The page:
History of the School


The Secondary School of Visual Arts is the amalgamation of two schools, the Buda Drawing School (Schola Graphidis Budensis), which began its operation in 1778, and its ten-year younger counterpart in Pest.

The Buda Drawing School was established by order of Maria Theresa, Archduchess of Austria and Queen of Hungary, in 1777, in accordance with the Ratio Educationis (her educational decree), its chief mission the education of apprentices and budding teachers in the field of drawing.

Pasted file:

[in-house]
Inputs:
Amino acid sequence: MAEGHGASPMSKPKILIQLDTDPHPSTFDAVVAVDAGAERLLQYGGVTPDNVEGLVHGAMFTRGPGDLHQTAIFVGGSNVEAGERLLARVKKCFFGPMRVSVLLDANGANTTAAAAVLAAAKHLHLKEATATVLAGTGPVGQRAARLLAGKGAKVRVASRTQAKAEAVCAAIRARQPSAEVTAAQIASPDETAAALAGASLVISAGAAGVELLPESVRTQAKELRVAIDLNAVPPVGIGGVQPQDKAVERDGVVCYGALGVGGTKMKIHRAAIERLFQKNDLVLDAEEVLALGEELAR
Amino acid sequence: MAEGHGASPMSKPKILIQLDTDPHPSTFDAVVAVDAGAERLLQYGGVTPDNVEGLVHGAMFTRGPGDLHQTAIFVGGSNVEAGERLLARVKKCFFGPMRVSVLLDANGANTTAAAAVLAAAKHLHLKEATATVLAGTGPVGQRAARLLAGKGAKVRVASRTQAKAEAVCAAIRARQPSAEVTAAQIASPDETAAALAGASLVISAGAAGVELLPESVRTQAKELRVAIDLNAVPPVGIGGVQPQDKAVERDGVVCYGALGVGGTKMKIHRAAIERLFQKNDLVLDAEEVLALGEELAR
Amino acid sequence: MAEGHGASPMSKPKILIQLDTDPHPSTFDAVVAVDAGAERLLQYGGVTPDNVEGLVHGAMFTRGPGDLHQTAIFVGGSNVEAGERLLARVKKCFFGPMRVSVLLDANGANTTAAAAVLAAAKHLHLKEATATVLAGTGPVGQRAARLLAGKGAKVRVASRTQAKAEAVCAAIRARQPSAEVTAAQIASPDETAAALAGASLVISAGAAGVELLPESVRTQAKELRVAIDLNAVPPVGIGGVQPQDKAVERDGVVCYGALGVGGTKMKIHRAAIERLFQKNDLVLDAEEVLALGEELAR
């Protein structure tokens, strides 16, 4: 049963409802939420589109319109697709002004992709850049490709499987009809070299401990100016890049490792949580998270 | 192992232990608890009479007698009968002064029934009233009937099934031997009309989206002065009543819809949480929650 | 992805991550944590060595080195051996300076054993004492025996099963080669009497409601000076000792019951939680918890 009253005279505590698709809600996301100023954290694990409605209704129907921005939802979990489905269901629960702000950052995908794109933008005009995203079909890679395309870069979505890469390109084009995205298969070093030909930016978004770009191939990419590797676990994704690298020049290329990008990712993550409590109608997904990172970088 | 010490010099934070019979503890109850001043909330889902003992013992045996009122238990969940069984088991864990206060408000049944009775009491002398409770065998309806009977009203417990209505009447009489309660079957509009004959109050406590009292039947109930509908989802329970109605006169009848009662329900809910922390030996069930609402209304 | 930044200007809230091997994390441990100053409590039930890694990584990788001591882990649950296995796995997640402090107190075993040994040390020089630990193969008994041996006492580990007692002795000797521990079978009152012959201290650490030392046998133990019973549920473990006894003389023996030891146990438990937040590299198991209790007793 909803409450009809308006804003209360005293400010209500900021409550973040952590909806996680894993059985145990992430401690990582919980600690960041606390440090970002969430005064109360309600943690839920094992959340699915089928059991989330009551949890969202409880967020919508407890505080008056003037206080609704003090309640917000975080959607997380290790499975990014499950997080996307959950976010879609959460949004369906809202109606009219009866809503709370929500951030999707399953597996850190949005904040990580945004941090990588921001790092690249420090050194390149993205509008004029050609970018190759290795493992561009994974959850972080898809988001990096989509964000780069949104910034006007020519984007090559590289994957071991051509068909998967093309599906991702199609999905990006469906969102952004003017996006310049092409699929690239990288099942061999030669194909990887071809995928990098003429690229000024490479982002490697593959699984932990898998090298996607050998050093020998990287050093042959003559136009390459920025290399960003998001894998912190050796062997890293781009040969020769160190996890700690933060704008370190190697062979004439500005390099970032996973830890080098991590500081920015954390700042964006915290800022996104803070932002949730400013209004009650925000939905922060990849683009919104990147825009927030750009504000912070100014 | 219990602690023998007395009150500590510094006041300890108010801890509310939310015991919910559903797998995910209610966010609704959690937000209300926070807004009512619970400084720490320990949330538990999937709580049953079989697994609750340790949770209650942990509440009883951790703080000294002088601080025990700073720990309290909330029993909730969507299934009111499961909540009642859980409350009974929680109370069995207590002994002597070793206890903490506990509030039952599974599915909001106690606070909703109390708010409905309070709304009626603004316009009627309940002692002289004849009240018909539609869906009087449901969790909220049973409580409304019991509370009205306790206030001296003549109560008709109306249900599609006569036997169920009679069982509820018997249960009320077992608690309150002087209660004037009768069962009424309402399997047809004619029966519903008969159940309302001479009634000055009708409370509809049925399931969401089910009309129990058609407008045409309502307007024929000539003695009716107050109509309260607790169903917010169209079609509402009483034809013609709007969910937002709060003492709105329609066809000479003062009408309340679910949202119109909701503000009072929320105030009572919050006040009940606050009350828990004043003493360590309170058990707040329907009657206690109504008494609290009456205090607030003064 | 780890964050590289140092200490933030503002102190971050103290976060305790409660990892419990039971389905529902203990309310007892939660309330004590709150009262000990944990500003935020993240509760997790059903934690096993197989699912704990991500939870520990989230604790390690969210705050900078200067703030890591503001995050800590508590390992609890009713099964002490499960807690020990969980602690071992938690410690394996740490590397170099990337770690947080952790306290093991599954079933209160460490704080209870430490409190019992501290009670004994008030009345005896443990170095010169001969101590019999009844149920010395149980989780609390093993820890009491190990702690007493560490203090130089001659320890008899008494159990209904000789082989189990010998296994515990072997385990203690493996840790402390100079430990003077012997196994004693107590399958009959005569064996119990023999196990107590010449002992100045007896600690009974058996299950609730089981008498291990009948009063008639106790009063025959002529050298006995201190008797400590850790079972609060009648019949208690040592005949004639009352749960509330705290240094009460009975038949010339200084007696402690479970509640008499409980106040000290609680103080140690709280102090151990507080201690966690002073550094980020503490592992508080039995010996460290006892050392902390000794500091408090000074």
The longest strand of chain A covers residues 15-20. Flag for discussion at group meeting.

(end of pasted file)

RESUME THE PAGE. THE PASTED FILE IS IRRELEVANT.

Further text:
Local demands also expedited the establishment of the drawing school because craftsmen would only be able to compete with manufacturers if they could develop their professional abilities, particularly their knowledge of style. At the same time, as a result of the emerging bourgeoisie, the demand for the creations of classicist ornamental art was growing immensely. Knowledge provided by the old elementary and apprentice schools proved to be insufficient and the introduction of technical drawing education became more and more urgent. Even before the issuance of the Ratio, there had been experiments to this end. Based on the charter of the Guild of Master Builders of Pest, regulations for education and the teaching of drawing had already been mapped out in 1695, and in 1726, there were consultations on the necessity of drawing instruction. After lengthy trials, the charter for the Schola Graphidis Budensis was finally issued by the Court Chancellery on April 2, 1778. In the same year, the organization of the Drawing School in Győr was begun, which was, however, brought to fruition only eight years later in 1786.